According to the American Cancer Society, there will be more than 12,000 new cases of cervical cancer diagnosed this year in the United States alone, making it the third most common cancer in women. The disease forms slowly, but has very few symptoms in early stages.
The No. 1 risk factor in developing cervical cancer — the human papilloma virus, or HPV.
This virus, which can also cause genital warts, comes in more than 100 different strains of varying degree. About 40 of these strains can affect the genital area, potentially leading to cervical cancer.
The bad news?
Genital HPV infection is very common among sexually active people. It is so common, in fact, that some estimate that half of all men and three quarters of all women have been infected with HPV at some point in their lifetime.
The good news?
Most HPV infections will go away on their own without treatment within one to two years. However, some will continue to “hide” in the body for many years before they cause problems. This makes it nearly impossible to determine when patients became infected with the disease, how long they’ve had it and who gave it to them.
Thankfully, women have two powerful tools in the fight against HPV and cervical cancer — PAP tests and vaccination.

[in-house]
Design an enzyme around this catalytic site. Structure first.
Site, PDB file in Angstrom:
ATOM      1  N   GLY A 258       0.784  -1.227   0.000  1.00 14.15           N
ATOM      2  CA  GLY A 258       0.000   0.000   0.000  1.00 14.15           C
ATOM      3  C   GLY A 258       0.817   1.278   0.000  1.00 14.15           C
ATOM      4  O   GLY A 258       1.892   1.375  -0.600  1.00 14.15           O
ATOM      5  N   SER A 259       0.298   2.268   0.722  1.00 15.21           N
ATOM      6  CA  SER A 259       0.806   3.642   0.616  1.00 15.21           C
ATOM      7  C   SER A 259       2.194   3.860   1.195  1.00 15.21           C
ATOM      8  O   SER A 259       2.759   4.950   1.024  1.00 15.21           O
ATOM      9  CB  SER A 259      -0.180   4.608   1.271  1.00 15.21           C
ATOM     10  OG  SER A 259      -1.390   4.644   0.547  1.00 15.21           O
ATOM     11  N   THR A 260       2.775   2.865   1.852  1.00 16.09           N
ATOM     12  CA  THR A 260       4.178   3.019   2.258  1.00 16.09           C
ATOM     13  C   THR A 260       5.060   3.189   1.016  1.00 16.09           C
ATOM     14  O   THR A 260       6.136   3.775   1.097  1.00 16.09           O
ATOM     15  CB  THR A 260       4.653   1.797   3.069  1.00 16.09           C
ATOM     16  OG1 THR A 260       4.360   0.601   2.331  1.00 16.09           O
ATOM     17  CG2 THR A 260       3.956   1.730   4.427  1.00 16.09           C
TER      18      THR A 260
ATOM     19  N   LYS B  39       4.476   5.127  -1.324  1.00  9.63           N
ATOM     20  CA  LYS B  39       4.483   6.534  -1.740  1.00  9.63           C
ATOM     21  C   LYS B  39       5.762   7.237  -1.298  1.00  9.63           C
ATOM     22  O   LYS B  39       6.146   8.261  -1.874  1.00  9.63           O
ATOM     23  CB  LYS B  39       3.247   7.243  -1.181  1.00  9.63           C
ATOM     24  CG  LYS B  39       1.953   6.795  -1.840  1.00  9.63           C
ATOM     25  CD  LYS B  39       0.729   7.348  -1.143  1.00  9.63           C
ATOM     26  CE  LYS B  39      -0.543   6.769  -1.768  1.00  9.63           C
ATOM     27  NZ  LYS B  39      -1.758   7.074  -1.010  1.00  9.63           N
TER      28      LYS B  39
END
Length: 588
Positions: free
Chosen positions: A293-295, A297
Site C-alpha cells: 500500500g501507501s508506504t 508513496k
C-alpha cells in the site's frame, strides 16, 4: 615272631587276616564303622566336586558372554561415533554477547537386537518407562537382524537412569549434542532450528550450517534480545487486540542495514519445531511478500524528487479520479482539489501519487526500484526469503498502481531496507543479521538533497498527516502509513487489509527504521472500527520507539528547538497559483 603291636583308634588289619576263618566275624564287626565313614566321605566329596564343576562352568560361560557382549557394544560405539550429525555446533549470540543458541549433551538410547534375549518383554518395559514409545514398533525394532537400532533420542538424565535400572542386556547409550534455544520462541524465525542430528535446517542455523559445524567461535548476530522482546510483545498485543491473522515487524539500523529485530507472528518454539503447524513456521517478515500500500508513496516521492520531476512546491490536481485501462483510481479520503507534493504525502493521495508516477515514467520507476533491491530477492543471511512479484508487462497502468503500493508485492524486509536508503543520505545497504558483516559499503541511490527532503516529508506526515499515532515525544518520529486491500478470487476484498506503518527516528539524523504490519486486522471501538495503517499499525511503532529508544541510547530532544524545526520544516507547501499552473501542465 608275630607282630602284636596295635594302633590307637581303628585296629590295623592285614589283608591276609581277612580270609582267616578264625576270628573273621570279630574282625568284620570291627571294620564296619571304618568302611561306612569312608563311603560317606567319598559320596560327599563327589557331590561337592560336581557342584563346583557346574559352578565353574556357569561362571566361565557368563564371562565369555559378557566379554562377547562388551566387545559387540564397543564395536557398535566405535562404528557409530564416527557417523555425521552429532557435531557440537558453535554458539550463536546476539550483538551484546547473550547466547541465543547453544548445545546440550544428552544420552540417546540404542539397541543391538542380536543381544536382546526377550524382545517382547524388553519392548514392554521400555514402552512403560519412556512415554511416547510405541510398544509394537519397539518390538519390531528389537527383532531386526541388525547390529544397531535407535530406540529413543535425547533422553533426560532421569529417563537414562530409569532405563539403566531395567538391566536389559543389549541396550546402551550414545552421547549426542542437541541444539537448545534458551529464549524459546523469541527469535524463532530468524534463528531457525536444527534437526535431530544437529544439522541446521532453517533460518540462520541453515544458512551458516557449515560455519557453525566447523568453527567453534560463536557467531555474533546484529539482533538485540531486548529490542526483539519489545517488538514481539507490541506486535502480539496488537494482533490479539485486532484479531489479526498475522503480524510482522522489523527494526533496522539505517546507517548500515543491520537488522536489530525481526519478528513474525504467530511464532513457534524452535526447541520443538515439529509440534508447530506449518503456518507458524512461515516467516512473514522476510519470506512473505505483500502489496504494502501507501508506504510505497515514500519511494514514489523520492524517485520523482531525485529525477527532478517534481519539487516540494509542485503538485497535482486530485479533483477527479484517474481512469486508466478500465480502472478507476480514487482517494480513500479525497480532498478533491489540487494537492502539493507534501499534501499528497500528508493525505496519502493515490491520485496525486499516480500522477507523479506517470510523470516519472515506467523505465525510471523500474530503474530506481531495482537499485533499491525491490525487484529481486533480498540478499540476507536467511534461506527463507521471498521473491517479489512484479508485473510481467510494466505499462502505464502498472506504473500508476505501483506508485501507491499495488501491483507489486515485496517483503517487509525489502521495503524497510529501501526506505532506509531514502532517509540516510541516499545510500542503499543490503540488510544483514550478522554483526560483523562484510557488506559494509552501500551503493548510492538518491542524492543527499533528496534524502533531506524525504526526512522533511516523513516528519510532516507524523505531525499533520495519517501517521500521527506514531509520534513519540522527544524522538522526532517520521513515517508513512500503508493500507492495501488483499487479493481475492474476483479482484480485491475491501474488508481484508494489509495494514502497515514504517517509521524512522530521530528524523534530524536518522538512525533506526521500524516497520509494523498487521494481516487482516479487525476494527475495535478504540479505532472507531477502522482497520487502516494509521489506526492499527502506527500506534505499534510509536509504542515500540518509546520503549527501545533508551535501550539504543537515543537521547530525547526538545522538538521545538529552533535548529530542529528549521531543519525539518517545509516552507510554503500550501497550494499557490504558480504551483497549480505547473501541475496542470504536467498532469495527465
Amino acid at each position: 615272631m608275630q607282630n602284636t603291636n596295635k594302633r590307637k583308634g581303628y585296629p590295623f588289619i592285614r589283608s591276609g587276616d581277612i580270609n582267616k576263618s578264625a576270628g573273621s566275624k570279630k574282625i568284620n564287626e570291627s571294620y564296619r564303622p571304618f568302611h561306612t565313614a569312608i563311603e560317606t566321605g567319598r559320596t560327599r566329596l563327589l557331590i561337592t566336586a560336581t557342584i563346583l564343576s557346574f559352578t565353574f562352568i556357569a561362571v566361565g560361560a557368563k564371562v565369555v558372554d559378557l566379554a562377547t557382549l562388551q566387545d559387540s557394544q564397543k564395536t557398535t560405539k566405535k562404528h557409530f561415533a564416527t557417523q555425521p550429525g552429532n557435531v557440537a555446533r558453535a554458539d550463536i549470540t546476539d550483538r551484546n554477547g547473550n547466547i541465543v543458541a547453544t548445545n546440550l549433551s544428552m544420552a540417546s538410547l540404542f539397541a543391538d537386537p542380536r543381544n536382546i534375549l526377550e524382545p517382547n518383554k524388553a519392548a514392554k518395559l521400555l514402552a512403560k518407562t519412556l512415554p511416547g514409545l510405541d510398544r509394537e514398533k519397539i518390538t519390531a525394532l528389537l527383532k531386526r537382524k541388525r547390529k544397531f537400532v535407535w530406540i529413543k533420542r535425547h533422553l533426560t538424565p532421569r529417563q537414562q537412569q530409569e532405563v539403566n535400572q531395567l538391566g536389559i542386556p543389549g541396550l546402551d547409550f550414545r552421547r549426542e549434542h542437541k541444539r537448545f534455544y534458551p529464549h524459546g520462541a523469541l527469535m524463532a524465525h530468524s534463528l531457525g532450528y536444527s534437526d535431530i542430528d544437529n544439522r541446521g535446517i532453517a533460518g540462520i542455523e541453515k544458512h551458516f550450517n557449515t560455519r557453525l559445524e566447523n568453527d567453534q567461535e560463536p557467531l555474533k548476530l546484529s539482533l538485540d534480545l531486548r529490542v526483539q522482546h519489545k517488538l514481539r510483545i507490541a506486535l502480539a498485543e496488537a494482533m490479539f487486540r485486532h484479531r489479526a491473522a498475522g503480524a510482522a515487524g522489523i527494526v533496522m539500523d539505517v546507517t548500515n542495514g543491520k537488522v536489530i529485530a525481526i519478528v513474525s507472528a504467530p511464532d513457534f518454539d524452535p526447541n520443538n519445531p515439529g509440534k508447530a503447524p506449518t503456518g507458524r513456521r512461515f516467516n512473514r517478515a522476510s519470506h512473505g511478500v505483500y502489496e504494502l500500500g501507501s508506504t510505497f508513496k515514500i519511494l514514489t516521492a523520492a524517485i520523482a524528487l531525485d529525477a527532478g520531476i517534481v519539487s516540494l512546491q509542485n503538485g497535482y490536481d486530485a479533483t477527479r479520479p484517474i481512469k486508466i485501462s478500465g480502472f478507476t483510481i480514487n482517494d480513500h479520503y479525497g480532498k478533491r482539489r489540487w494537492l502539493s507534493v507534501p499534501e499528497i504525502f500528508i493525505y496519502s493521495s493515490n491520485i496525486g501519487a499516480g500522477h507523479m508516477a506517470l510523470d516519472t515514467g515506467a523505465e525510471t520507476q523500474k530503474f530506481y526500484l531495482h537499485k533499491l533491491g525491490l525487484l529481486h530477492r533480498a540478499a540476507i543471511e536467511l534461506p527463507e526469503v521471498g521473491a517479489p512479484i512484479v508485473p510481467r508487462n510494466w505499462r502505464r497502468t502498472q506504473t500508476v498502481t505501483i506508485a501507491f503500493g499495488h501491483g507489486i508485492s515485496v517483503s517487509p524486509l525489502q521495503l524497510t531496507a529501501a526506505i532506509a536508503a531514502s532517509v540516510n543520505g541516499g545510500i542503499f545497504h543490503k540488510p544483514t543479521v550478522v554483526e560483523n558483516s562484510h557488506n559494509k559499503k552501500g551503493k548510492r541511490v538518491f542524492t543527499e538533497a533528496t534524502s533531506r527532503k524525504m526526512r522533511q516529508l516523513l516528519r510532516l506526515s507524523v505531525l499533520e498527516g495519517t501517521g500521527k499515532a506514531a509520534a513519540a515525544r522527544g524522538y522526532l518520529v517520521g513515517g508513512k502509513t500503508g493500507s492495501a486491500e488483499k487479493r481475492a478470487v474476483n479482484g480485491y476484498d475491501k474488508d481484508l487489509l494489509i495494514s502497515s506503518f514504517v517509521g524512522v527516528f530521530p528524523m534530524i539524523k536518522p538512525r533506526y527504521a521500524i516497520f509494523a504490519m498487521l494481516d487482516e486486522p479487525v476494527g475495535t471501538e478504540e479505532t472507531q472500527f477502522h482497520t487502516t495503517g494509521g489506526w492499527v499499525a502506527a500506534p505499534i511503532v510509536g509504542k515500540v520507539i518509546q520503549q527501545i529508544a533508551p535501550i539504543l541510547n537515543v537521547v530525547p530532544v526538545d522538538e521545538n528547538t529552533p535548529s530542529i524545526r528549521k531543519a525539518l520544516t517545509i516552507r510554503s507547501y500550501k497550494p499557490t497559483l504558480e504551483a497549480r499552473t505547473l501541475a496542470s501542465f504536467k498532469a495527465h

All women should have PAP testing done to detect early precancerous changes on the cervix.
A PAP test, which is not painful to the patient, is done by a clinician inserting a metal or plastic speculum into the vagina, which is opened slowly to allow the clinician to visualize the cervix — the opening to the uterus. The clinician then uses a small brush and/or spatula to gently collect cells from the cervix. The cells are then sent to the laboratory to be tested for abnormalities. The lab test does not test for HPV itself, but rather looks for cellular changes that may be caused by HPV.
In the United States alone, the death rate from cervical cancer declined by 70 percent between 1955 and 1992 because of the initiation of the PAP test. The current recommendation for PAP testing is that it begins at the age of 21, regardless of when women first started having sexual intercourse. PAP testing prior to the age of 21 often will lead to continued unnecessary testing or procedures.
Many women ask what they can do to protect themselves against HPV infection and cervical cancer. If one is between the ages of nine and 26, the U.S. Food and Drug Administration has approved a vaccination against certain strains of HPV that are more likely to cause genital warts and cervical cancer. This vaccination is given in a series of three injections over a six-month period.
Other ways to reduce one’s risk include:
- Practicing abstinence
- Having only one sexual partner who has no other intimate partners
- Having sexual contact that does not involve anal or vaginal intercourse
- Using condoms every time